A Montana government official had a sobering message for Okanagan Thompson region residents about the economic and ecological impact should invasive mussels be detected in local waterways.
Stephanie Hester, coordinator of the Montana invasive species council, says her state is learning a hard lesson about the realities of responding to a mussel confirmation in two different reservoirs last fall.
“This has been a game changer for Montana,” Hester said at a public forum held Tuesday night at Okanagan College in Penticton.
“When you get a detection like we’ve had now in our state, it affects every Montanan so all government agencies and people across our state have had to pull together to implement a response plan and develop a longer term strategy.”
Hester was a guest speaker at the invasive mussel forum, put on by the Okanagan Similkameen Invasive Species Society.
Hester said Montana has rallied together to combat an ecological and economic disaster if the mussel detections last fall are compounded by further discoveries this year.
That’s because the impact of invasive mussels is immediate and disastrous—becoming the dominant mono-species of a waterway; mussel shells littering beaches making them all but un-walkable; hydro power stations forced to deal with mussel-clogged infrastructure.
“There is no way to eradicate them so the mitigation costs to deal with an infestation is long-term and expensive,” Hester said.
She said a study on the Columbia River Water Basin, which encroaches into Montana on the west side of the Rocky Mountains, estimated the invasive mussel mitigation costs at $500 million a year.
In Montana, based only on the discovery of invasive mussel larvae, the cost of the response program has escalated from $1.2 million a year to $6 million annually for the next two years.
Hester said while public education and stringent boat decontamination and inspection station programs are important, Montana’s lesson is to be prepared to respond to what she says is almost inevitable.
“We had a plan in place to respond but we never did what we call a tabletop exercise to go through it step by step and analyze how various government agencies would be affected and how they are prepared to respond,” Hester said.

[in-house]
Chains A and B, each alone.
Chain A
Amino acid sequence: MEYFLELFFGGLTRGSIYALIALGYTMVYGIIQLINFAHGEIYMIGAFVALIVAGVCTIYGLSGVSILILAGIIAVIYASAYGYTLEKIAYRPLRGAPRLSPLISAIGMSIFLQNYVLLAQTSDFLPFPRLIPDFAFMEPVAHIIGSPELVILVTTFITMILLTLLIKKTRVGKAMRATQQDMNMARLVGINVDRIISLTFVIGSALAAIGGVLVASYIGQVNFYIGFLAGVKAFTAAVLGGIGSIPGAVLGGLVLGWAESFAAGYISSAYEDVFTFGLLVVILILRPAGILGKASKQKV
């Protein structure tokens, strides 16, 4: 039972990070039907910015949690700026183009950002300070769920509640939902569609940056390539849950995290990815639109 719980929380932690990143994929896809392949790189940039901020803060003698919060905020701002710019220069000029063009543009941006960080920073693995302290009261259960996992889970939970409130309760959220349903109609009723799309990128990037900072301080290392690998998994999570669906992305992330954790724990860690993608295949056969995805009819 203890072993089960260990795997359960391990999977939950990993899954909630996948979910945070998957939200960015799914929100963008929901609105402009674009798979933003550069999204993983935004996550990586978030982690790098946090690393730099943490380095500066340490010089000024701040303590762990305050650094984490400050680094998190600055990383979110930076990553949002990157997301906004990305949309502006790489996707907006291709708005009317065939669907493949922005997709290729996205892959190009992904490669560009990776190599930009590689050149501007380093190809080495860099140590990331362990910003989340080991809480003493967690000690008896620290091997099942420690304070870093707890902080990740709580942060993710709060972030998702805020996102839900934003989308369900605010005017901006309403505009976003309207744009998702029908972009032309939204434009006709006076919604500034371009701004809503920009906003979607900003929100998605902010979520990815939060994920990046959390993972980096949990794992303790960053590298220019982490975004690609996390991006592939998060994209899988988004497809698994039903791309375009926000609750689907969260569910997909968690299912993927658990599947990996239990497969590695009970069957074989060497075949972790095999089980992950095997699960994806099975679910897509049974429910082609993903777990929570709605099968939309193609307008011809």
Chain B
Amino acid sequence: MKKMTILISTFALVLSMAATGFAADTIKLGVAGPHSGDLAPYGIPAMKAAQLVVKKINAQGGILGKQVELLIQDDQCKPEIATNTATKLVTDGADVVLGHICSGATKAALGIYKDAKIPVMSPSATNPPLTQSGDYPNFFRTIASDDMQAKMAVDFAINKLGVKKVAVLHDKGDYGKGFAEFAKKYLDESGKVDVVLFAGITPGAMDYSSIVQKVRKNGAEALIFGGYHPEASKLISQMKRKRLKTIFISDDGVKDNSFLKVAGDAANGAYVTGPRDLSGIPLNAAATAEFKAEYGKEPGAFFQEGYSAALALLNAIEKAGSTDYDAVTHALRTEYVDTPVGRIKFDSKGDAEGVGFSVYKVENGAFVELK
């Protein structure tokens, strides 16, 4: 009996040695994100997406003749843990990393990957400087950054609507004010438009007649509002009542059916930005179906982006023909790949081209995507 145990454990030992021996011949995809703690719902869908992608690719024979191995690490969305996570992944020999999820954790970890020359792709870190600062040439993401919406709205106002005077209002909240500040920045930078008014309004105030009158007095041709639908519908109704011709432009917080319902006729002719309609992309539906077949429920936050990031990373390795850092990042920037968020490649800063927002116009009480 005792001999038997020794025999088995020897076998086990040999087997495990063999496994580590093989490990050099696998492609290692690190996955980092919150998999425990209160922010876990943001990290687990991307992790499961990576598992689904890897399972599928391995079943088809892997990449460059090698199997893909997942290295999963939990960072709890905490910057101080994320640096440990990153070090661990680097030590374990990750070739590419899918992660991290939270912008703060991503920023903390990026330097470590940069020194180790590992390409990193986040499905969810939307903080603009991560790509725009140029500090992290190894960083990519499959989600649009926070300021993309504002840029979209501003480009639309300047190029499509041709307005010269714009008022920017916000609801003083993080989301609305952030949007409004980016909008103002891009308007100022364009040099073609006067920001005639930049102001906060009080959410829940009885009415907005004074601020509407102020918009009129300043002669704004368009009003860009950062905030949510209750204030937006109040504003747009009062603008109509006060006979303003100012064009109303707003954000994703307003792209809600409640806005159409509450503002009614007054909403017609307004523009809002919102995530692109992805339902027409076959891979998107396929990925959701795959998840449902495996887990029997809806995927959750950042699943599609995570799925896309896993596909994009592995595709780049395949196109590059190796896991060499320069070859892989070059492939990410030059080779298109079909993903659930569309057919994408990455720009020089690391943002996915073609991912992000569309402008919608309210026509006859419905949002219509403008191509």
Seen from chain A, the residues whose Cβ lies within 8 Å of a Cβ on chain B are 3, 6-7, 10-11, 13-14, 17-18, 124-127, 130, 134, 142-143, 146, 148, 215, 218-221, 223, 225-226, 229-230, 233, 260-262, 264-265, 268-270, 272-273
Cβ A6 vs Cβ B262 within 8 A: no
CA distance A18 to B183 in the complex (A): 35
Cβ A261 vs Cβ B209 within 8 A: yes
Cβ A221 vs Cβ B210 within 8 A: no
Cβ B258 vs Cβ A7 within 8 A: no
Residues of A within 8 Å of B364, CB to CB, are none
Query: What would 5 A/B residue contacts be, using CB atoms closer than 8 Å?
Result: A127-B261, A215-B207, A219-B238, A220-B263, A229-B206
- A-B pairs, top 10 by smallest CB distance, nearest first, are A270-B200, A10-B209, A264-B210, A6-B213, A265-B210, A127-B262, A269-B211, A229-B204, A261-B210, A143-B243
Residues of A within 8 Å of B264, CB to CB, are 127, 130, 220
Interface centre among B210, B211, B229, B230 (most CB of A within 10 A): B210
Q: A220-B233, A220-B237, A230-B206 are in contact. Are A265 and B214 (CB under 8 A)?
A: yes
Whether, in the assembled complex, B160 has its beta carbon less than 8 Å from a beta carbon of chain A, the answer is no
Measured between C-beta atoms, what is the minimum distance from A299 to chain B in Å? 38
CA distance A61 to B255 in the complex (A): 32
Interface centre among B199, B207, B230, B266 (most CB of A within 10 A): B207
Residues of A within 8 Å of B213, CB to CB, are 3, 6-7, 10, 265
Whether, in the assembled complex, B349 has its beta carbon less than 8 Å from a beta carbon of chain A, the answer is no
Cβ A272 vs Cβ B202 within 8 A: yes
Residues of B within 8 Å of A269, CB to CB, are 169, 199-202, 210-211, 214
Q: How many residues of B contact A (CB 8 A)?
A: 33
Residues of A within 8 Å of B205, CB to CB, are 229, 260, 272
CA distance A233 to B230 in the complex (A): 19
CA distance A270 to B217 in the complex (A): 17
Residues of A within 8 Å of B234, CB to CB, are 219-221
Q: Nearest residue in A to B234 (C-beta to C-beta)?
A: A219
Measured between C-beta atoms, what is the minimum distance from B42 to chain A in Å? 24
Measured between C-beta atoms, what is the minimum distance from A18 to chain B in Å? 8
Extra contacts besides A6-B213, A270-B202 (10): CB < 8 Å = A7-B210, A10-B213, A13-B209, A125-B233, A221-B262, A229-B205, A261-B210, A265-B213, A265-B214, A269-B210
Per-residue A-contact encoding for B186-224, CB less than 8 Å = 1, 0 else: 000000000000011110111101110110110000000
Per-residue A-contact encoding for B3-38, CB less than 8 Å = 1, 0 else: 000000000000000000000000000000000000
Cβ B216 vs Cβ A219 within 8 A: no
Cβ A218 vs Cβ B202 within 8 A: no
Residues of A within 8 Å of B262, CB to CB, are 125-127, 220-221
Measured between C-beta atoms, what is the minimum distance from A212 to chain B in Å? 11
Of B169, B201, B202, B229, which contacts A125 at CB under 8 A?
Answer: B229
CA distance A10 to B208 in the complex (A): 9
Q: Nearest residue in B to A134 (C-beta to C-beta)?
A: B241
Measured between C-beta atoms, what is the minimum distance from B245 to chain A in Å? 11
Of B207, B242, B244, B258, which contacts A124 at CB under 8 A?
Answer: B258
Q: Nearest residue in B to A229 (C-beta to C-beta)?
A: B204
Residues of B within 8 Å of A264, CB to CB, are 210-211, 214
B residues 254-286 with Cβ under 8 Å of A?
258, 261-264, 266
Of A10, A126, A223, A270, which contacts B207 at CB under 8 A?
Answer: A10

“In Montana, it was chaos for the first little while after the mussel detection and it’s taken us until now to get organized and be ready should another detection occur.”
Lisa Scott, with the invasive species society, echoed Hester’s sentiments, saying an invasive mussel detection in the Okanagan would have “a huge impact on all our pocketbooks.”
“Six years ago, I was all excited about the campaign to keep the mussels out, and today it’s sad to realize it may not be a matter of if but when. All it takes is one boat bringing in mussels that get out into the lake and multiply, and the Okanagan will change forever,” Scott said.
Dan Ashton, the incumbent Liberal MLA for Penticton and president of the Pacific NorthWwest Economic Region (PENWR), also spoke at the meeting, saying invasive mussels are a concern for PENWR members on both sides of the border.
He said mitigation efforts in B.C. are estimated at $50 million a year if the mussels take hold in our province and spread. In Alberta, that estimate is put at $75 million.
“It’s certainly not inconceivable that could happen so we have to do everything we can to make damn sure these things don’t come our way,” said Ashton.
“Montana is the sharp end of the stick for this right now. The fuse has been lit so we have to be prepared to get outside of our own silos within government agencies and work together to be prepared to respond.”